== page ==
The reality is that it can be hard to even know what you have subscribed to. Getting a handle on your monthly bills is key for getting rid of any sneaky subscriptions that you are paying for without realising.
We know that sitting down and going through your bills can feel daunting, especially in times of financial hardship. But avoiding your bills means that you may not learn about products or services you are paying for but not using until many months down the line.
Keeping an eye on your monthly spending can be hard if you’re using different credit cards or bank accounts. Establishing a routine of sitting down once a month and going through all your bills and payments, or using a budgeting app that can aggregate spending across multiple accounts, will ultimately take the pressure off and make you feel more in control.
Subscriptions can sometimes be hard to identify because they are disguised to look like normal transactions. So when going through your expenses, keep your eyes out for mystery debits. Remember to pay special attention to your phone bill as this is where some firms will debit you and can be easily overlooked.
If you need some extra help keeping track of your bills, check out Billing Better, a service that sets up and organises all household bills into one simple monthly payment.
Cancelling a subscription or contract shouldn’t be hard work. Unfortunately, though, there are many firms that make it so.
All kinds of dishonest practices can be used to obstruct you from cancelling a contract or subscription – from disguising a monthly charge so you can’t detect it, to limiting modes of contacting the company.
It can feel very distressing to be paying for something you don’t need with money you don’t have. If you’ve made every effort to contact the company to cancel the agreement and have not had a reply, then call your bank or card provider. If you tell them that you did not authorise a transaction, or your ability to opt out has been removed, they will be able to help you stop the payments.
This will be helpful in immediately stopping any payments you can’t afford. But this is not the same as cancelling your contract. If you have cancelled the direct debit, you may still need to follow up with the company directly to ensure that you have cancelled the contract.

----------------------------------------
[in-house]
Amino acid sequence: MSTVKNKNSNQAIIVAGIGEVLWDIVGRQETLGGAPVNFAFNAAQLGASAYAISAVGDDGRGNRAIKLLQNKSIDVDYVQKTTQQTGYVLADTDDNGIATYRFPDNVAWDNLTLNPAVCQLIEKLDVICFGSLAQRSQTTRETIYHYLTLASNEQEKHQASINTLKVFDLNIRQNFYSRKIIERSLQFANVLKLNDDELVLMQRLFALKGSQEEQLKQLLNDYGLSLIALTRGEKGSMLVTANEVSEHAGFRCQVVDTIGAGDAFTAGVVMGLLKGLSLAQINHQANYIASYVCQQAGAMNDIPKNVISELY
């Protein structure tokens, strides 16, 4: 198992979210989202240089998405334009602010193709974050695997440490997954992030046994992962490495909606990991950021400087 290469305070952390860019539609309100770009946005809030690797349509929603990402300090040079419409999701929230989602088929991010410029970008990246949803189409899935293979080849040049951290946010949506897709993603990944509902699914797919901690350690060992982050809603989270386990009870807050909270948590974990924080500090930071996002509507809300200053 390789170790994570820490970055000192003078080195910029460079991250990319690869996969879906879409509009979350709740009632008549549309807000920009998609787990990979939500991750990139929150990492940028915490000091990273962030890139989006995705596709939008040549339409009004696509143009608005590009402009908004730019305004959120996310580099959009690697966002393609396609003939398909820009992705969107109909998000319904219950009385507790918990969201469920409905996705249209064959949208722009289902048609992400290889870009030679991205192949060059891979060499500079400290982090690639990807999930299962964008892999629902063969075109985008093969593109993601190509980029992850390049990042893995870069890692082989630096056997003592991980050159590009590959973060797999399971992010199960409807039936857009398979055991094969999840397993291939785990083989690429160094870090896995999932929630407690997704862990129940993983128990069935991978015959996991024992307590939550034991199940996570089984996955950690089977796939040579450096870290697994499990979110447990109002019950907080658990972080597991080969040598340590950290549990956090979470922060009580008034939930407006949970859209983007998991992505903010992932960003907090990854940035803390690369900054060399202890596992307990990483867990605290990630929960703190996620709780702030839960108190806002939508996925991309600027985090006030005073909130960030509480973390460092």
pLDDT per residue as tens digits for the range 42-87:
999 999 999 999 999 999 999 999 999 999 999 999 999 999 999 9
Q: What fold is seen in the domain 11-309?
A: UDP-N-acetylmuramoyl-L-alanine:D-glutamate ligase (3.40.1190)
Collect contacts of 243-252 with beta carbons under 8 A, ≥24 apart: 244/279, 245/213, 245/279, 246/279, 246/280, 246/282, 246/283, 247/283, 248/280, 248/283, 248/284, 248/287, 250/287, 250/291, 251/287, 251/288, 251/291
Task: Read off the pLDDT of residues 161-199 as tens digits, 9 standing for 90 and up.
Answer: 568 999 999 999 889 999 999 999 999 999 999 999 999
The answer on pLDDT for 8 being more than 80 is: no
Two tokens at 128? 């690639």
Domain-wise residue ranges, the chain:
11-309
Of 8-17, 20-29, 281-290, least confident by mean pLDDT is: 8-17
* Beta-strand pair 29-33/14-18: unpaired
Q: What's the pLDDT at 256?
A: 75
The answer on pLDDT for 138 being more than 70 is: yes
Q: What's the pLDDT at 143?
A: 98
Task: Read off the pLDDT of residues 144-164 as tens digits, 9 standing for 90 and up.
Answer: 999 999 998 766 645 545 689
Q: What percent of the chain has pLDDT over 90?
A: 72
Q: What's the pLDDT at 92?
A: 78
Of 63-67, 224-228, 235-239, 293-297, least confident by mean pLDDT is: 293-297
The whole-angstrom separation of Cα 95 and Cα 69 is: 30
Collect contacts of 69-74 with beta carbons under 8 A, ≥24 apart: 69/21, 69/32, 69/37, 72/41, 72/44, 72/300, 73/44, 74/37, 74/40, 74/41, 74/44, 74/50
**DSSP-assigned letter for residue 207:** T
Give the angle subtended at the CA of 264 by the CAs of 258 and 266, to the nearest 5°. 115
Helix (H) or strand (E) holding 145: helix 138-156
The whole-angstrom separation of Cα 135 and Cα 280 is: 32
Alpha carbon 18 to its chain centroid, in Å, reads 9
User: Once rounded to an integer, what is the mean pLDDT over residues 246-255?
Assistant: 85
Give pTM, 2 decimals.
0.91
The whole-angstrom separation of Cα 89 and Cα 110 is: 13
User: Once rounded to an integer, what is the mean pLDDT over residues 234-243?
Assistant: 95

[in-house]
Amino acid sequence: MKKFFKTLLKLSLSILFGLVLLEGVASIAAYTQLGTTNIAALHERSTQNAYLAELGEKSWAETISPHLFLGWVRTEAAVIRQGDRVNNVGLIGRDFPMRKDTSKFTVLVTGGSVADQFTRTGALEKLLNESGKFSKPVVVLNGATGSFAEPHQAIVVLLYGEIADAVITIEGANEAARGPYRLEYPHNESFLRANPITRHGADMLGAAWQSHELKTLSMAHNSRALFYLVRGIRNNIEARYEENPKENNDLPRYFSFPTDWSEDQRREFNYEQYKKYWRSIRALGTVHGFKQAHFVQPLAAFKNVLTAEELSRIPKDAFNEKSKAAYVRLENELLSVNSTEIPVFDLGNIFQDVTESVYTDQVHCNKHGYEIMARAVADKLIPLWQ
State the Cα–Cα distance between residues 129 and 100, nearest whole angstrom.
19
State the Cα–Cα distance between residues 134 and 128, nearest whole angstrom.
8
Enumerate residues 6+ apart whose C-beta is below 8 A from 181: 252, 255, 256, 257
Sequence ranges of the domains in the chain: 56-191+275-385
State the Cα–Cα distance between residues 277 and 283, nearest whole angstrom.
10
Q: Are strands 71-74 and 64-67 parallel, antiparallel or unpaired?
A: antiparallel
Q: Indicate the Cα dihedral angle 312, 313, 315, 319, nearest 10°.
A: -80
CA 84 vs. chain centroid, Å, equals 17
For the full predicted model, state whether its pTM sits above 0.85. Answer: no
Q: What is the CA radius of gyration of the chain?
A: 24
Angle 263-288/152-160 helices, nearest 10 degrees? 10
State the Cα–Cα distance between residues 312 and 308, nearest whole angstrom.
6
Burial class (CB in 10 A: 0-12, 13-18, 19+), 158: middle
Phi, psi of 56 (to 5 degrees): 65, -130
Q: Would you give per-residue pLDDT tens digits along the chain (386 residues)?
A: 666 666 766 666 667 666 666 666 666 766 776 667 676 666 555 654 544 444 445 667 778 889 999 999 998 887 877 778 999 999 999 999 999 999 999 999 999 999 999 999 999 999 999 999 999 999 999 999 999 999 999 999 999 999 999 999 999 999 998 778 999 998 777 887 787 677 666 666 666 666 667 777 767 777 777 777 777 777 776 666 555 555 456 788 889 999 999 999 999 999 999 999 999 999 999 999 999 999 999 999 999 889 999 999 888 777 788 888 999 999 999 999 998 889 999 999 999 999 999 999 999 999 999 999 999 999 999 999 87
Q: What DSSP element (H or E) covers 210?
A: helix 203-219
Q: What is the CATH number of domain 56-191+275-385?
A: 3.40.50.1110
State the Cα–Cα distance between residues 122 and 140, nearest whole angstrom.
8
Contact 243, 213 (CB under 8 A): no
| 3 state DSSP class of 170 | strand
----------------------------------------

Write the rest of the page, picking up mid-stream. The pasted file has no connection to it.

Remember that you only have full protection and recourse to regulatory bodies if a company is UK-based. Should you need to cancel an agreement it will be much easier with a UK-based company – so again, make sure you do your research on accompany before signing up for anything. Many companies trading in the UK do not have a physical presence here and can be elusive when it comes to getting a refund.
You may be surprised to know that if you don’t authorise a company to debit your account, they are legally obliged to give you your money back. Unless they can prove that they had permission, any charges should be refunded.
So if you are in the unfortunate position of being exploited, obstructed or caught in a subscription trap, you can get your own back. Speak to your bank and get their help asking the company to provide evidence that you gave permission to be debited – if they can’t, you may be able to obtain a full refund.
Remember, you’ll need a copy of the advertisement or original agreement in order to get a reimbursement for mis-selling or lack of authorisation.
Our free service makes it easier for you to raise a complaint about dodgy business tactics, unfair charges, or to get in contact with companies to cancel your subscription. So if you want to make a complaint about a subscription, or need to resolve an issue with a company, use we’re here to help.
If you’ve been targeted by an online scam or experienced cybercrime, you can contact the charity Victim Support for free and confidential support and information.
If you have any thoughts on this topic, or any other consumer issues you would like us to cover, feel free to get in touch with us at firstname.lastname@example.org.